It is important to realize that when Enkidu died, Gilgamesh came to a conclusion. The conclusion being that he too would fall to the hands of death and Gilgamesh even questions, “Am I not like him? Will I lie down, never to get up again?” (Tablet X, p. 55) In the start of this Tablet, Gilgamesh is spotted by the tavern keeper Siduri. Siduri wonders if this man is a murderer and wonder where they are heading. The appearance of Gilgamesh at this point in the story is reminiscent of how Enkidu was when he was created. Siduri questions Gilgamesh on his appearance, physically and spiritually. Siduri asks,
“why are your cheeks so emaciated, your expression so desolate?
Why is your heart so wretched, your features so haggard?
Why is there such sadness deep within you?
Why do you look like one who has been traveling a long distance
so that ice and heat have seared your face?” (Tablet X, p. 54)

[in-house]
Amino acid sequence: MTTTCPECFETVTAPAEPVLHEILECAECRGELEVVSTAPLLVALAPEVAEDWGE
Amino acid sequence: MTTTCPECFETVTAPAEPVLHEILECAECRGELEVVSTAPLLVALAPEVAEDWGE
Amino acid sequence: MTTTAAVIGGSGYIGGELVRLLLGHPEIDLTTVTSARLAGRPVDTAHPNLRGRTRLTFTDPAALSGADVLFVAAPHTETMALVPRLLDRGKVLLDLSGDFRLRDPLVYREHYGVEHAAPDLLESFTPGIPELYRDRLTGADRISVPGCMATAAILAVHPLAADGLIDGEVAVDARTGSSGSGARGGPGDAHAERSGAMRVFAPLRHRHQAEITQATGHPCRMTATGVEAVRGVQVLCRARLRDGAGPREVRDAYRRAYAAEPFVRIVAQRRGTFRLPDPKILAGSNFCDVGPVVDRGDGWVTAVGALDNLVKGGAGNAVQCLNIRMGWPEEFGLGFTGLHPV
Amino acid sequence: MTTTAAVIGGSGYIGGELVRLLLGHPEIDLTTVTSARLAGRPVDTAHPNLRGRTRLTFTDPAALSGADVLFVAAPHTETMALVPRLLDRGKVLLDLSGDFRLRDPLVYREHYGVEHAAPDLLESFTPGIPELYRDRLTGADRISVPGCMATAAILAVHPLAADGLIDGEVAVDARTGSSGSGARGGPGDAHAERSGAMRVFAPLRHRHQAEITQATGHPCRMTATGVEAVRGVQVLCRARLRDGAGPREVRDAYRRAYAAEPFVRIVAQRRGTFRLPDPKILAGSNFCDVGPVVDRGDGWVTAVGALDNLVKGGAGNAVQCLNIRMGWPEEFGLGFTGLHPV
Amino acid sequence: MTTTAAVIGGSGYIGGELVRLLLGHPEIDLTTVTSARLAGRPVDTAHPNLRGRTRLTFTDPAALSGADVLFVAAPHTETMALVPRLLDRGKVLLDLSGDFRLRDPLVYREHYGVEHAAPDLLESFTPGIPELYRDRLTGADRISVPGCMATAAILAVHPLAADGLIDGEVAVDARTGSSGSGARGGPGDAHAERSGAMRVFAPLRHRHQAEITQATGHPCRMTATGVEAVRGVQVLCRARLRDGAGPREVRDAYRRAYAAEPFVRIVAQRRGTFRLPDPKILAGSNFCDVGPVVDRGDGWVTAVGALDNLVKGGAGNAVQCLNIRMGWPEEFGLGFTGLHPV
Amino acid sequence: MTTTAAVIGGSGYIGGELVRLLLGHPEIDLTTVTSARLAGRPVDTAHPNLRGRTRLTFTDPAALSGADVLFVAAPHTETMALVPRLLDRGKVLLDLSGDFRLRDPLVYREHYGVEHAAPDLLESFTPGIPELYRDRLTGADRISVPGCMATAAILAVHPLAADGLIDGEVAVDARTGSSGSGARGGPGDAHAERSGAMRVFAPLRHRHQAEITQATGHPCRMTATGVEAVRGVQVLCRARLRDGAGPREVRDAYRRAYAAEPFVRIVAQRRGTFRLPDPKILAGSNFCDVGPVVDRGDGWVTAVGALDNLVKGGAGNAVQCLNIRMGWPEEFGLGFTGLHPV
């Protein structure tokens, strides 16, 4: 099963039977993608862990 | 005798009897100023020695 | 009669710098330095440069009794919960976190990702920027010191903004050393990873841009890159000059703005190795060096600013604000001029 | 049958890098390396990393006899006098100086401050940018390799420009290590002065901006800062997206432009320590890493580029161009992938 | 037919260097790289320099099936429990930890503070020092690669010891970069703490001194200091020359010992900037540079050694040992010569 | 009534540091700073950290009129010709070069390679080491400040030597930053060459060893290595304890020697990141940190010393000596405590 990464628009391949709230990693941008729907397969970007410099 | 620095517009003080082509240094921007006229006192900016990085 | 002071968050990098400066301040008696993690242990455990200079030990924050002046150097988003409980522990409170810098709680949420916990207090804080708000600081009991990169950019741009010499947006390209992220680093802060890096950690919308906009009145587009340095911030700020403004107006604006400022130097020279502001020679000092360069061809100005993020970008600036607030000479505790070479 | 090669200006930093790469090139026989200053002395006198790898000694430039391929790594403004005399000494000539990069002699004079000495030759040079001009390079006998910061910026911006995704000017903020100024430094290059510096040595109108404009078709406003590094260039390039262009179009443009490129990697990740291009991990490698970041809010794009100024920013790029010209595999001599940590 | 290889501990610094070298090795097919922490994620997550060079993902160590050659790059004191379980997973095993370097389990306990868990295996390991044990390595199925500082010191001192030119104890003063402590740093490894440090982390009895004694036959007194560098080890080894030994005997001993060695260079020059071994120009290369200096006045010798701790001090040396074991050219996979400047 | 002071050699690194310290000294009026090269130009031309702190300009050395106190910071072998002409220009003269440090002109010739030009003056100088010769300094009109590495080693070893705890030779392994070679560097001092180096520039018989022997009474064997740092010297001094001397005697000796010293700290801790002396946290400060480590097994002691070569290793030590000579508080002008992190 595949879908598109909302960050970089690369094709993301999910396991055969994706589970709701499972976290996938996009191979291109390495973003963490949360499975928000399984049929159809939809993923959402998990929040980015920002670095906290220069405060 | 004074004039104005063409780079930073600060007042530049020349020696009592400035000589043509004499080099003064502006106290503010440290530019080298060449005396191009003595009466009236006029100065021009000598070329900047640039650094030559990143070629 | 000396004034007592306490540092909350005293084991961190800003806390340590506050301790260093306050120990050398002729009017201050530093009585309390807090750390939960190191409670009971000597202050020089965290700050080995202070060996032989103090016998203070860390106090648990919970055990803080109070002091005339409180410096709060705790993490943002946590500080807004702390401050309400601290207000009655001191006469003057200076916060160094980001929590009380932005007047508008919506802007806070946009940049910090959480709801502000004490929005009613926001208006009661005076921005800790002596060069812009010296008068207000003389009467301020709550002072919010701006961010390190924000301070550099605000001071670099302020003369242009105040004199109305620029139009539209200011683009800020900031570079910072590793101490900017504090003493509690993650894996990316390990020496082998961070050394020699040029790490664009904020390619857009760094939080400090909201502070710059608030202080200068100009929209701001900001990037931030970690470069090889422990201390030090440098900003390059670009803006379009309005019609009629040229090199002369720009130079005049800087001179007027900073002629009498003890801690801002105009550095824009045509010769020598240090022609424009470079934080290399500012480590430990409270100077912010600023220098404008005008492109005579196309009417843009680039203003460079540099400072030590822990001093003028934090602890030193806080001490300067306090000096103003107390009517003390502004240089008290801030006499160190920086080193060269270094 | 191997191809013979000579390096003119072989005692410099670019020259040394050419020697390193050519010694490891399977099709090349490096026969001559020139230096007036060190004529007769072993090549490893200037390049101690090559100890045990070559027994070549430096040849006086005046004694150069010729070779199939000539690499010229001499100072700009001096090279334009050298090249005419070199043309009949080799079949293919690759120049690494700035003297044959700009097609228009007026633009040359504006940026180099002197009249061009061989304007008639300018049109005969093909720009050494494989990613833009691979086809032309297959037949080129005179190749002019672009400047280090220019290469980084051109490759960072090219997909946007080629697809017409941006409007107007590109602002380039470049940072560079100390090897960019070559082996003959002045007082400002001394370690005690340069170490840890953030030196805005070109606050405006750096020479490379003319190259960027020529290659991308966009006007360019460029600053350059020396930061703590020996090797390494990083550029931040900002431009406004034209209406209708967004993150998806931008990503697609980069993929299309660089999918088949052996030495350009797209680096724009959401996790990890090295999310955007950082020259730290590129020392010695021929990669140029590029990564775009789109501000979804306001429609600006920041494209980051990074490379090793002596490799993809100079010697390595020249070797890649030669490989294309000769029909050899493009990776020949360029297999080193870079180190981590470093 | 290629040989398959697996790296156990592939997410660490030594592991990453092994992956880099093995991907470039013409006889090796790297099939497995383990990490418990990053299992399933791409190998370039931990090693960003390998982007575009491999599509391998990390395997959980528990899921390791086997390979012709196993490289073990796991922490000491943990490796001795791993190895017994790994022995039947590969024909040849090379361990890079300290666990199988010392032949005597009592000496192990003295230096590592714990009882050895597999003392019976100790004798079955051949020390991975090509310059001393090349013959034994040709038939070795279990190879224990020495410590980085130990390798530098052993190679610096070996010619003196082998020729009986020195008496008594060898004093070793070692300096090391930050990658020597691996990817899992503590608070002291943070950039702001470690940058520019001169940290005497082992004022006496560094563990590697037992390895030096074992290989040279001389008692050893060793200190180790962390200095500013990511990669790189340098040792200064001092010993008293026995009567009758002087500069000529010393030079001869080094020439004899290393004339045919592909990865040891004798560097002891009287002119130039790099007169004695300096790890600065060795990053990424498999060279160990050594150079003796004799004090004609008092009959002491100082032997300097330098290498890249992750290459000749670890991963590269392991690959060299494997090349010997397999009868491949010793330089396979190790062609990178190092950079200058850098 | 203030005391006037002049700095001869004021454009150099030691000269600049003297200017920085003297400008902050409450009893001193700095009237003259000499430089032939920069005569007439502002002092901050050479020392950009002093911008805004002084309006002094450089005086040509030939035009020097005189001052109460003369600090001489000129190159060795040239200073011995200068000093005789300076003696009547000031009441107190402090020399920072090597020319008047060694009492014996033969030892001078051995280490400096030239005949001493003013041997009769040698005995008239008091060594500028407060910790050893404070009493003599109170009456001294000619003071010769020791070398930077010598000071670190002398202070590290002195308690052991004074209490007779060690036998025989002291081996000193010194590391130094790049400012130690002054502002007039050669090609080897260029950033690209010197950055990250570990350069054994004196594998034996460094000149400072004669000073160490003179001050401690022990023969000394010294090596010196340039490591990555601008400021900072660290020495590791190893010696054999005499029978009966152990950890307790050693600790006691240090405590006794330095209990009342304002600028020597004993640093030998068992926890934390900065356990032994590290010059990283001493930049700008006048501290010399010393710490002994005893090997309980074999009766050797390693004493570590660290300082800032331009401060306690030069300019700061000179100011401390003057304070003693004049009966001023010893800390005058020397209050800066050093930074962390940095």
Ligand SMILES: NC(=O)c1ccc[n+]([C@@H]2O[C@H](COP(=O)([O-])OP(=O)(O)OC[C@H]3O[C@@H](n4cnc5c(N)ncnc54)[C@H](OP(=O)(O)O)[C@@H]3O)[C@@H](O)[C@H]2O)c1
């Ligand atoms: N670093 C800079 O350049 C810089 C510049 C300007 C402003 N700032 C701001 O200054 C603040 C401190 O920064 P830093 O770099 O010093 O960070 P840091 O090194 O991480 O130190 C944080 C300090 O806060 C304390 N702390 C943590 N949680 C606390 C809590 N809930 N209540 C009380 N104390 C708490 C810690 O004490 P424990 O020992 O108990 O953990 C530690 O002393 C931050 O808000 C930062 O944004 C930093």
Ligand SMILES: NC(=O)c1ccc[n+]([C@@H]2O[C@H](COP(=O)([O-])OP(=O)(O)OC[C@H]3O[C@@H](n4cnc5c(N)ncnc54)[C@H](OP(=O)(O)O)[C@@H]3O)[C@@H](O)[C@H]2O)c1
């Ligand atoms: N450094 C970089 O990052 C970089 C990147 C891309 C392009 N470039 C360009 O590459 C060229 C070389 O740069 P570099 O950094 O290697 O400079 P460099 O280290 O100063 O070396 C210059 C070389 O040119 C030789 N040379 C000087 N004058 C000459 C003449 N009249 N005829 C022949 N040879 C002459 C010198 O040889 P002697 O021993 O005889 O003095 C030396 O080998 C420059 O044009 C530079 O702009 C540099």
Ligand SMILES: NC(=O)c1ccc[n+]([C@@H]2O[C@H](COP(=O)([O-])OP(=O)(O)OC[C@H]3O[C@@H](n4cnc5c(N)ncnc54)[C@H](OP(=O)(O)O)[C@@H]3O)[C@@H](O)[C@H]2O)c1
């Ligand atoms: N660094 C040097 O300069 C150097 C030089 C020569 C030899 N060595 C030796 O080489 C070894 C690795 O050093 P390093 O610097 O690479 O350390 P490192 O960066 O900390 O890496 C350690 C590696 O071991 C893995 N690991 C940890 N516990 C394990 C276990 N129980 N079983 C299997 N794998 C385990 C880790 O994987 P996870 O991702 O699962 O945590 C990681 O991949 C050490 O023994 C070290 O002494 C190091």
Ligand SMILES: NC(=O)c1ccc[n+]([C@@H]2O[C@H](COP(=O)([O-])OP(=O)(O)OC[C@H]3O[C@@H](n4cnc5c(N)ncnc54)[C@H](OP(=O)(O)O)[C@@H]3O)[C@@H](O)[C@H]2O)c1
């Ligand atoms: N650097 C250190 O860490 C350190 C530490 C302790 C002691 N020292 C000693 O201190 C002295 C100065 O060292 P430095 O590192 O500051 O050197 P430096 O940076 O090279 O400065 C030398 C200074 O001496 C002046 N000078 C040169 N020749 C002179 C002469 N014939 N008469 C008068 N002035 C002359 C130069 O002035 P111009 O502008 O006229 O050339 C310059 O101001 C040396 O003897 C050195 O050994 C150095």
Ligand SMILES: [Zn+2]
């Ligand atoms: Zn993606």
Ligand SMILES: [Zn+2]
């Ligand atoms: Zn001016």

These questions from Siduri shows that Gilgamesh is deeply afflicted by the tragic death of Enkidu. The sadness within Gilgamesh and the reason his heart...
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...ar (to a premature end?)!” Utanapishtim knows Gilgamesh is in deep anguish but also left him unquestionably hollow.
Ultimately, this tablet shows the descent of Gilgamesh after the death of his friend Enkidu. Through the people Gilgamesh has met they provided perceptive views of Gilgamesh, and to the event of Gilgamesh meeting Utanapishtim, Gilgamesh is questioned on his most human action. The obsession of morality, the unnecessary journey which most likely brought his life closer to an end, these decisions Gilgamesh made were out of the fear of his own death. Tablet X truly shows the one-third man portion of Gilgamesh. Utanapishtim being as wise as he is, said, “They [The Gods] established Death and Life, / but they did not make known ‘the days of death.’” (Tablet X, p. 62) Even though Gilgamesh was two-thirds god, it was not enough to suppress his human qualities.
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